Book examines growing homeschool appeal to minority communities, special needs students, families fleeing conventional schools
Examining the growth of homeschool enrollment in the wake of the COVID-19 pandemic, the nonpartisan Pacific Research Institute today released The Homeschool Boom: Pandemic, Policies, and Possibilities, a new book that profiles families from diverse communities and different backgrounds who have successfully transitioned to homeschooling.
“The Covid-19 pandemic forced millions of students to learn at home. Many parents saw for the first time how ineffective traditional schools were at educating their kids,” said Lance Izumi, the book’s author and senior director of PRI’s Center for Education. “With the number of homeschooled students growing to 8 million, my new book shows why more parents dissatisfied with their children’s education are making a once unthinkable choice – the choice to educate their kids at home.”
If you would like to interview Lance Izumi about the book, please contact Tim Anaya or Evan Harris at (916) 389-9774.
The Homeschool Boom features interviews from several homeschool families and busts many common myths about homeschooling:
• Homeschool Growth During the Pandemic
During the pandemic, the number of students being homeschooled grew to 8 million. The number of African American families homeschooling increased by five times and the number of Hispanic families doubled as families were confronted with an unprepared and ineffective remote public-school curriculum.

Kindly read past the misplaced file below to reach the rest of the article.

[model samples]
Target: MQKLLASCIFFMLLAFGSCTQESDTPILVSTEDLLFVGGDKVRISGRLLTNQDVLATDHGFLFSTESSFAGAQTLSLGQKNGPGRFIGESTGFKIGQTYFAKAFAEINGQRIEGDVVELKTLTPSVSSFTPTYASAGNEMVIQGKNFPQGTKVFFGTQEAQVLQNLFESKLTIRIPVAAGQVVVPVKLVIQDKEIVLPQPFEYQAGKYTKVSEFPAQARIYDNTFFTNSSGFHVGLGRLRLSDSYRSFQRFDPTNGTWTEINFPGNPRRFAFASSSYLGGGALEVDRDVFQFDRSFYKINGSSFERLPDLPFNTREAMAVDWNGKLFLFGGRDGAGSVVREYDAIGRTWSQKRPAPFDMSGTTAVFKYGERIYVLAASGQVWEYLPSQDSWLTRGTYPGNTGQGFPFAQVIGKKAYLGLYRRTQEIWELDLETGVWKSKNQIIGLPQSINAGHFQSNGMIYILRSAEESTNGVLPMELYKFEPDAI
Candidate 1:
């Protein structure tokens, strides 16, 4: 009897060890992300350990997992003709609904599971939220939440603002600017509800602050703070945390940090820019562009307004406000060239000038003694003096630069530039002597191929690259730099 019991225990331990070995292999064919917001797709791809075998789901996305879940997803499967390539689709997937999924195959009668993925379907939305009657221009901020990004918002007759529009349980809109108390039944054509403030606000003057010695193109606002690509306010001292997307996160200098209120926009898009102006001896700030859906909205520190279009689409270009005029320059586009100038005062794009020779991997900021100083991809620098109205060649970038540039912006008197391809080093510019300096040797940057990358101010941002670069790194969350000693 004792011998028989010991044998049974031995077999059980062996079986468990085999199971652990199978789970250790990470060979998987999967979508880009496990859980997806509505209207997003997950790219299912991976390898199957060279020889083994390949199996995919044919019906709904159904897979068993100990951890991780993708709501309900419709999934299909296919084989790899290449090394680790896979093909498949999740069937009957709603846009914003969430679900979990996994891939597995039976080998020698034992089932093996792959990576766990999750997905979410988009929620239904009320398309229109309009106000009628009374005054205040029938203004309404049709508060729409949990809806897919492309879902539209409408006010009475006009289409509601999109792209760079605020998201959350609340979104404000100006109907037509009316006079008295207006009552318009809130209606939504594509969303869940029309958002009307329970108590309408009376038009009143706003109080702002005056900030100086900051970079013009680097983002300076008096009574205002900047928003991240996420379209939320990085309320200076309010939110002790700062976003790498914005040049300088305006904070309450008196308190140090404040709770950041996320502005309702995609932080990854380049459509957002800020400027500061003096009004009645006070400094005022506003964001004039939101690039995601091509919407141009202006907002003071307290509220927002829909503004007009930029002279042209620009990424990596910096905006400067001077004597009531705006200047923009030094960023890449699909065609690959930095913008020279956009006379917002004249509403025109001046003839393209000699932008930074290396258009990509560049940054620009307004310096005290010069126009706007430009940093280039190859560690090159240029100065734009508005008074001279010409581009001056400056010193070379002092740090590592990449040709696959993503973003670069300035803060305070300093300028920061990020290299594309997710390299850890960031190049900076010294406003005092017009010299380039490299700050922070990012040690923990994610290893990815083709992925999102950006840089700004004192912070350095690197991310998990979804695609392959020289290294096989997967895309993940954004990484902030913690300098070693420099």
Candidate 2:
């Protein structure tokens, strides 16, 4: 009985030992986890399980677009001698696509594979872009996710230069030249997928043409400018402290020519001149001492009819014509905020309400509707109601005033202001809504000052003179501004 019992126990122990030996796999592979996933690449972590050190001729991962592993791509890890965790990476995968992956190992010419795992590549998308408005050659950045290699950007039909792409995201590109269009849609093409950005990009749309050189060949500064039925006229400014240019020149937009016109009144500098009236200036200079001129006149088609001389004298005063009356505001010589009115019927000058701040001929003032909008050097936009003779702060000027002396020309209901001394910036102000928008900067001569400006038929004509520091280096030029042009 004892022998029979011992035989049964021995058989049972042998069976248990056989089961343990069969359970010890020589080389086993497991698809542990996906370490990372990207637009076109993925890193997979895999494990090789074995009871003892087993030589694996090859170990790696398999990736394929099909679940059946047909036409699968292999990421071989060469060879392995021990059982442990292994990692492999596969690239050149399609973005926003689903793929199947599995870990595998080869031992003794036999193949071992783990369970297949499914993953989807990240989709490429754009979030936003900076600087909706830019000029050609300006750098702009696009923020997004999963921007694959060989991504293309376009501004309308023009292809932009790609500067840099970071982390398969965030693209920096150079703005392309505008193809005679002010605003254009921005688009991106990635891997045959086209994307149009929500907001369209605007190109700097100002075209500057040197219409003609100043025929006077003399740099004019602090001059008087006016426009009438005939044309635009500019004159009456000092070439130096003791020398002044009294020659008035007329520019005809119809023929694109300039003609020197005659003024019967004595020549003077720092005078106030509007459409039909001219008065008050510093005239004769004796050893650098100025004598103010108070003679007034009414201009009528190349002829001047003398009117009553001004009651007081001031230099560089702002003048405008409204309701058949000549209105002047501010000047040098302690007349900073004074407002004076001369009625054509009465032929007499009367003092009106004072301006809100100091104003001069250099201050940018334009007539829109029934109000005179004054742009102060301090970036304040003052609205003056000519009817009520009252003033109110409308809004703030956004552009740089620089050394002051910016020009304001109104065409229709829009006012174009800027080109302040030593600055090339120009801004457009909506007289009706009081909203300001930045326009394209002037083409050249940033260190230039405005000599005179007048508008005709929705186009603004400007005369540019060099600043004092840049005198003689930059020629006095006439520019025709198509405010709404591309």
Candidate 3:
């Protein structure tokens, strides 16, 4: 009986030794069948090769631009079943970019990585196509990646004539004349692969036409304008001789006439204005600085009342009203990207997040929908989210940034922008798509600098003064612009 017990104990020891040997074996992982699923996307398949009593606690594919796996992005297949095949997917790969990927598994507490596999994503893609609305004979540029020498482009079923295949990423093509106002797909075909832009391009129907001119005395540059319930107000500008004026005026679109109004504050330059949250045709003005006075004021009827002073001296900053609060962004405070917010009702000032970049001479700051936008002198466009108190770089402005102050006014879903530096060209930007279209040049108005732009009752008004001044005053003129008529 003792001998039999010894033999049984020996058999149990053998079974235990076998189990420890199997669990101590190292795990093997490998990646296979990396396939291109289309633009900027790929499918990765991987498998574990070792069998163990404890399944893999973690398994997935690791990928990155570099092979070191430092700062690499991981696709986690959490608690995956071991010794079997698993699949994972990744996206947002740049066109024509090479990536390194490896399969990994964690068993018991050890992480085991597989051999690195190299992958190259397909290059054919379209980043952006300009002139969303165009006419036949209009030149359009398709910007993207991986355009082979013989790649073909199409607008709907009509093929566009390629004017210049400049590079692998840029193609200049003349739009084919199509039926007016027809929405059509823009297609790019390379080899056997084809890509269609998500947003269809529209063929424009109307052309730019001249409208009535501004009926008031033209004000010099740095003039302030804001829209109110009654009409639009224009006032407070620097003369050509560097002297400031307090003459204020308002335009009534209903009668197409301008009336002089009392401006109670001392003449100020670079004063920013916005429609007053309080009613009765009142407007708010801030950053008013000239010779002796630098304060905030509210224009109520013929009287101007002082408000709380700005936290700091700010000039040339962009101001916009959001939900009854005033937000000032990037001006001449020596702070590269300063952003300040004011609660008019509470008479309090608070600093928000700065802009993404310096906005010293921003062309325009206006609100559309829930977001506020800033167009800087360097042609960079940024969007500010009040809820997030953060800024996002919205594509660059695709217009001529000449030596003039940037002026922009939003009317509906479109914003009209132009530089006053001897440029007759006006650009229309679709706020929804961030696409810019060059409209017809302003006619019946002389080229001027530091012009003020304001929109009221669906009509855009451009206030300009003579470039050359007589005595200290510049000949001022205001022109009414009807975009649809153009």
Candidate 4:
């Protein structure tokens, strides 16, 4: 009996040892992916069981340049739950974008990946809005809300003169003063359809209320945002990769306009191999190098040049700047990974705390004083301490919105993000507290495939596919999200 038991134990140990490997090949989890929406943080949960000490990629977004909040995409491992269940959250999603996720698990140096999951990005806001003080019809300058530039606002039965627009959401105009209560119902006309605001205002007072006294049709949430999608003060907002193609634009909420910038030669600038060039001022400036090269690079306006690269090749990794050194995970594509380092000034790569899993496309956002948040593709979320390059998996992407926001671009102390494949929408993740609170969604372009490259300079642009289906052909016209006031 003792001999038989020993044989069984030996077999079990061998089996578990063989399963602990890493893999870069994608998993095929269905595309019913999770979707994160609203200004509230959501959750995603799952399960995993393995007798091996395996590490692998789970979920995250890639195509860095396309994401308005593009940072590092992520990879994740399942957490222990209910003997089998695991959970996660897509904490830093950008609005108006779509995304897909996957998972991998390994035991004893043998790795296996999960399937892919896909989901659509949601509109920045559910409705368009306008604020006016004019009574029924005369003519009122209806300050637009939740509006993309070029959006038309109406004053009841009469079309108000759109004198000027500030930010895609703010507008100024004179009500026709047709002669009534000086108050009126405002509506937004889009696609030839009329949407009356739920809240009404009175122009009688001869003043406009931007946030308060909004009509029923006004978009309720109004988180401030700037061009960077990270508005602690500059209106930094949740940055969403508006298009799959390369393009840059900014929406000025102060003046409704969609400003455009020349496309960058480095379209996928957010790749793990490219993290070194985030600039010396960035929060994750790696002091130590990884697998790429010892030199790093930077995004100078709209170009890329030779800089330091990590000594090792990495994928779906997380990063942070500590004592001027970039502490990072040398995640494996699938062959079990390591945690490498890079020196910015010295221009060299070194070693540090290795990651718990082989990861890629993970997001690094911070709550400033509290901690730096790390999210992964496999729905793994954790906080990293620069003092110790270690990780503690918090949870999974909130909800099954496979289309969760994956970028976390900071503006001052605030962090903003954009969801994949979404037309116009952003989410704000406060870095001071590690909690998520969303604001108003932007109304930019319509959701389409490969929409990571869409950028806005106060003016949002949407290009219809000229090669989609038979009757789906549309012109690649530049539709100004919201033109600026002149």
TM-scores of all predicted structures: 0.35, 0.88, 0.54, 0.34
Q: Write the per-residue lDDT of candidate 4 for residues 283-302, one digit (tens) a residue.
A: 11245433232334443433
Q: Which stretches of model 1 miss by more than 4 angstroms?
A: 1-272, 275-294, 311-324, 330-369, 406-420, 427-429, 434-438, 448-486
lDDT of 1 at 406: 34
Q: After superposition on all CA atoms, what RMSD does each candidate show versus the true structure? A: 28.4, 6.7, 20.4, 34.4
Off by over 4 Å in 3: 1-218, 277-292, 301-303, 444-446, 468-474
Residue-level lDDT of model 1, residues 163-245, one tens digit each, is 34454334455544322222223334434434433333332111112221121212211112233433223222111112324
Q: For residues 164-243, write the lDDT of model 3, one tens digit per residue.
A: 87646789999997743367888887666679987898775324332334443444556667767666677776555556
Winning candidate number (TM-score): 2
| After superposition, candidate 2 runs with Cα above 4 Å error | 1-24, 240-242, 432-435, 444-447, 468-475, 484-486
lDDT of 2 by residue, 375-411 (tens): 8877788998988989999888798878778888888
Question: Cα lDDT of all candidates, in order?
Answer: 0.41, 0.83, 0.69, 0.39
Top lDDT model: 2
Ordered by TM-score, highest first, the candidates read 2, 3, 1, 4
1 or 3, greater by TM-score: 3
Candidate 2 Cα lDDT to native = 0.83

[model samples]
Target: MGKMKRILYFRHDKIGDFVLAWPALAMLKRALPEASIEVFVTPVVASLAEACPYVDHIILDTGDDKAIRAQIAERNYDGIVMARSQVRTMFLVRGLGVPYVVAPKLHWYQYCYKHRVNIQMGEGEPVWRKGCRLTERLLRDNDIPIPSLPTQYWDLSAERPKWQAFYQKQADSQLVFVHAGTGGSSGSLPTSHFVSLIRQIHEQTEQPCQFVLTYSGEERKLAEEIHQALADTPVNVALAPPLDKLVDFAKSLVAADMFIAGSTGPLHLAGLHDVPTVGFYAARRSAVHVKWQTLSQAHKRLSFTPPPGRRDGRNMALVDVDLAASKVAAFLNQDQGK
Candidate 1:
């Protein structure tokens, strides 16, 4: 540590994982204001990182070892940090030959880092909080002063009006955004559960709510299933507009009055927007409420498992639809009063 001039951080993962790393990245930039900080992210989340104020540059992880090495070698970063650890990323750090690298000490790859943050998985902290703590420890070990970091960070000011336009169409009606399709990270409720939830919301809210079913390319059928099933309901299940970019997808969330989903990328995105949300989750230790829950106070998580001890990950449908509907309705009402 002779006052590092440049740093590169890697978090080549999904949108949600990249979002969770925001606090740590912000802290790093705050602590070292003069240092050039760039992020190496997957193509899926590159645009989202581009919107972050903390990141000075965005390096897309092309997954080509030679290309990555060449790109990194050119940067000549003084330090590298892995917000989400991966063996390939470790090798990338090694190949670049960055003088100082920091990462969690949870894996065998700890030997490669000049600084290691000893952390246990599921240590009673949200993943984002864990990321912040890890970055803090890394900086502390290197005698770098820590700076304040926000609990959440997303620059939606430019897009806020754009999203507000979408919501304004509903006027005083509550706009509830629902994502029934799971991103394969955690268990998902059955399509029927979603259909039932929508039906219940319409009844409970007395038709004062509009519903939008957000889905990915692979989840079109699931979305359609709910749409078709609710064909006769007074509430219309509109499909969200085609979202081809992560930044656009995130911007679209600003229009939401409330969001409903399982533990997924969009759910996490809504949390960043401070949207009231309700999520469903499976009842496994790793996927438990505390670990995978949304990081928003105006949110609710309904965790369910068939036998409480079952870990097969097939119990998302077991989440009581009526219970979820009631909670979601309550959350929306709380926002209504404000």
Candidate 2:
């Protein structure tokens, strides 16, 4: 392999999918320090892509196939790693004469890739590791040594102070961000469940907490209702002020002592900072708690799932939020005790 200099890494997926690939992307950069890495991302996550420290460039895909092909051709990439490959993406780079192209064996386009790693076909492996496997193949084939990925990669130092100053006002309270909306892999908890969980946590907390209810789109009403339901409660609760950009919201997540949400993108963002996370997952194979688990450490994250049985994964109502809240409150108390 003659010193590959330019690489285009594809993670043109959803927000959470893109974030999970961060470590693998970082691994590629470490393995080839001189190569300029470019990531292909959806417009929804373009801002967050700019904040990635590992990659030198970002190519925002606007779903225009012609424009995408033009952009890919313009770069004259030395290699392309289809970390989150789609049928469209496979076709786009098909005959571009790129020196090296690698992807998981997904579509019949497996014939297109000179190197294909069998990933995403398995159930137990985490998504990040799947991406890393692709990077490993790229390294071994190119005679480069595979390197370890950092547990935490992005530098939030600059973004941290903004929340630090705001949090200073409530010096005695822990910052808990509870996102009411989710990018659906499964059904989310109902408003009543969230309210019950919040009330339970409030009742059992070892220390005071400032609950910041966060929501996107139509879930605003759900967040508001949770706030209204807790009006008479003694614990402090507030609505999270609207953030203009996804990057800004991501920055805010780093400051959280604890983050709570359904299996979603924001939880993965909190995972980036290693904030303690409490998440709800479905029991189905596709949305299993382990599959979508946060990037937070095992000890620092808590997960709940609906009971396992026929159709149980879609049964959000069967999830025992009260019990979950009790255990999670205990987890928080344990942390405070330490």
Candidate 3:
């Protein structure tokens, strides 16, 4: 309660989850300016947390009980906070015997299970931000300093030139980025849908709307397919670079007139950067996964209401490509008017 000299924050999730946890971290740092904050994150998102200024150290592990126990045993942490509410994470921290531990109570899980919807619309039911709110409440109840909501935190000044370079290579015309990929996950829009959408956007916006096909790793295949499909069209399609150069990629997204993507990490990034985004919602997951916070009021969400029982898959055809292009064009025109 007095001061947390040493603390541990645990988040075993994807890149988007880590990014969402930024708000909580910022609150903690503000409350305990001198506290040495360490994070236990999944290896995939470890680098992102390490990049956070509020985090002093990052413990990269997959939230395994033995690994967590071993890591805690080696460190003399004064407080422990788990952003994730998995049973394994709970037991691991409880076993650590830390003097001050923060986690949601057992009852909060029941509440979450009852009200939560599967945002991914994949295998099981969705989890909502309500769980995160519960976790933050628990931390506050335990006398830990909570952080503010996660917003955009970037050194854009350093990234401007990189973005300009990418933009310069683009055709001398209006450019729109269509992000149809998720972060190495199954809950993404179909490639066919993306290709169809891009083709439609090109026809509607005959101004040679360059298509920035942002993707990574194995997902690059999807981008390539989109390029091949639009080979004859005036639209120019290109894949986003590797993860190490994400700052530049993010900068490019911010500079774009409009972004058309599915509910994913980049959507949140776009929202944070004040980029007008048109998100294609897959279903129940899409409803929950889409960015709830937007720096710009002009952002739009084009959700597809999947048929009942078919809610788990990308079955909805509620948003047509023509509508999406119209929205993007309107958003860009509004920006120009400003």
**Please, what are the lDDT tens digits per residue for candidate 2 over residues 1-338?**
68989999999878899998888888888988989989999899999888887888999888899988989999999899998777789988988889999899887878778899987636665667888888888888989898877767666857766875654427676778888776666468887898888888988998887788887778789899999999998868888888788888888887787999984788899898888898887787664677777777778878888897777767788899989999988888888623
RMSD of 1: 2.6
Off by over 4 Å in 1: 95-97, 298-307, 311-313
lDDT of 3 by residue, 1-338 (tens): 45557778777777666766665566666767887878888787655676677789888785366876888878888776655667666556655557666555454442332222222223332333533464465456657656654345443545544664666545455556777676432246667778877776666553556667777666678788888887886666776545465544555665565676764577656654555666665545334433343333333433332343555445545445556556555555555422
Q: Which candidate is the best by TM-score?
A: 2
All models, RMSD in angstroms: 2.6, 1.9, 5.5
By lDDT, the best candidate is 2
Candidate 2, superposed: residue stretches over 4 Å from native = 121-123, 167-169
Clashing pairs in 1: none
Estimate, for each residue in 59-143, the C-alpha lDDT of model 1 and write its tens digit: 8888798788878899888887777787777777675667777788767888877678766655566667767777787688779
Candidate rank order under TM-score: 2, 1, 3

• Homeschool Parents Cover All Ends of the Political Spectrum
It’s not only conservatives or Christians who are homeschooling, but parents from every background, religious belief, or political persuasion. The Homeschool Boom profiles a parent who is a self-professed “flaming liberal” who joined a conservative Christian parent in founding a homeschool co-operative.
• Homeschool Programs Offer Individual Learning, Flexibility
The book shows how homeschooling is perhaps the most individualized learning option available, offering the choice, flexibility, and personalization that cannot be found in traditional schools. Readers will learn about a wide array of resources to help parents educate their kids at home, from online learning platforms to affiliations with neighborhood charter schools. Also profiled are parents who were able to educate their special needs kids just as well as conventional schools.
• Future of Homeschooling
Coming under increasing attack by the teacher’s unions, Ivy League academics, and politicians, the book looks at homeschooling as education enters the post-pandemic world and makes the case that it will be an increasingly utilized educational choice for parents dissatisfied by the status quo.